Blu-ray Tuesday: ‘BRIDGE OF SPIES’ enthralls with talky ease


ST. JAMES PLACEPreston Barta // Editor

This is a crowded movie release week for home viewing, especially for movies based on true stories. So let’s get started.

Director: Steven Spielberg
Cast: Tom Hanks, Mark Rylance, Alan Alda

Although it’s been awhile since they’ve teamed up, Steven Spielberg and Tom Hanks have a rich history together. Having worked together on SAVING PRIVATE RYAN, CATCH ME IF YOU CAN and THE TERMINAL, the duo have not lost their fastball.

Up for Best Picture this year, BRIDGE OF SPIES tells the story of lawyer James Donovan’s (Hanks) task to defend and barter an exchange for a Russian spy (an excellent Mark Rylance) during the Cold War.

Despite its all talk and no action approach, the film never feels tedious or dull. This is likely due to the sharp script penned by the Coen brothers (upcoming HAIL, CAESAR!). Their clever style is a perfect mix for Spielberg’s old school filmmaking.

If you’re a fan of Spielberg and cautionary tales of history, you’ll benefit from seeing this remarkable film.

Extras: four insightful behind-the-scenes featurettes.

Director: Peter Sollett
Cast: Julianne Moore, Ellen Page, Steve Carell

FREEHELD has all the ingredients to be a big Oscar contender, featuring a winning cast (Julianne Moore, Ellen Page, Steve Carell and Michael Shannon) and a plot of interest. It tackles the story of a New Jersey police lieutenant (Moore) who battles to secure her pension benefits when she is diagnosed with terminal cancer.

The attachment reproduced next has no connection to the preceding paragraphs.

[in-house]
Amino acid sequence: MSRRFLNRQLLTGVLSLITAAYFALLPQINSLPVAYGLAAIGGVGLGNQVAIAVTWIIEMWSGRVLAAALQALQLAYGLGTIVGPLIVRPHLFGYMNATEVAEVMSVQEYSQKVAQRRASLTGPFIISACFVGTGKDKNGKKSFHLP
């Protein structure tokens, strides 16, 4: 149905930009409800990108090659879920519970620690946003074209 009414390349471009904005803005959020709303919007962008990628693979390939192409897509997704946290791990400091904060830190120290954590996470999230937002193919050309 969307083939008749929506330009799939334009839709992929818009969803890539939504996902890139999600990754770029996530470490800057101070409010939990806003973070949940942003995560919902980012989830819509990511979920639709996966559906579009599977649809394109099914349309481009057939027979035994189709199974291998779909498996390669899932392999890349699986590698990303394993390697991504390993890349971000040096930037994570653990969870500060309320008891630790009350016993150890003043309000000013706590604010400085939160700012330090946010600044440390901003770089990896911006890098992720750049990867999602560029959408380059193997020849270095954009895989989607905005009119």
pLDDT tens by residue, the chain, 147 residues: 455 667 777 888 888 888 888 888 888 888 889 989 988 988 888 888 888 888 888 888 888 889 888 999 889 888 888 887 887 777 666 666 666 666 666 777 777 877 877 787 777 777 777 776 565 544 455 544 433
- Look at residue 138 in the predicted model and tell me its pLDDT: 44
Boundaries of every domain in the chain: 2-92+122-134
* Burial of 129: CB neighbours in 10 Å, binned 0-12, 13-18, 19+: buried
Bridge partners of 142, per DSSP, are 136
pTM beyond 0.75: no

While the film means well, its characterization and safe-drama direction are not sturdy enough to mark it a memorable film, while films such as CAROL and SPOTLIGHT engage sensitive material and take risks that with come with big rewards.

Extras: a making-of and historical featurette, the Oscar-winning documentary short by the same name and feature audio commentary.

Billy Bob Thorton and Sandra Bullock in OUR BRAND OF CRISIS. Photo courtesy of Warner Bros.

Billy Bob Thorton and Sandra Bullock in OUR BRAND OF CRISIS. Photo courtesy of Warner Bros.

Director: David Gordon Green
Cast: Sandra Bullock, Billy Bob Thornton, Anthony Mackie

Political movies are a tough sell, even when it deals with American politics. Moviegoers tend to gravitate towards stories of escapism — and who can blame them? Some movies know how to handle the subject with care, but the idea of revisiting the troubling times that happen in political circles just doesn’t put butts in seats.

Like FREEHELD, OUR BRAND OF CRISIS was another Oscar bait flop in the eyes of critics and audiences. After the success of Argo, which won the coveted best picture prize in 2013, the same producers at Warner Bros. sought to capture the same triumph. However, while Sandra Bullock gives a worthy performance, this story of aiding a Bolivian politician adds nothing new to the political genre or conversation.

Extras: Sandra Bullock: A Role Like No Other featurette.

Director: Sarah Gavron
Cast: Carey Mulligan, Anne-Marie Duff, Helena Bonham Carter

The true story of the suffragettes in England is a compelling account.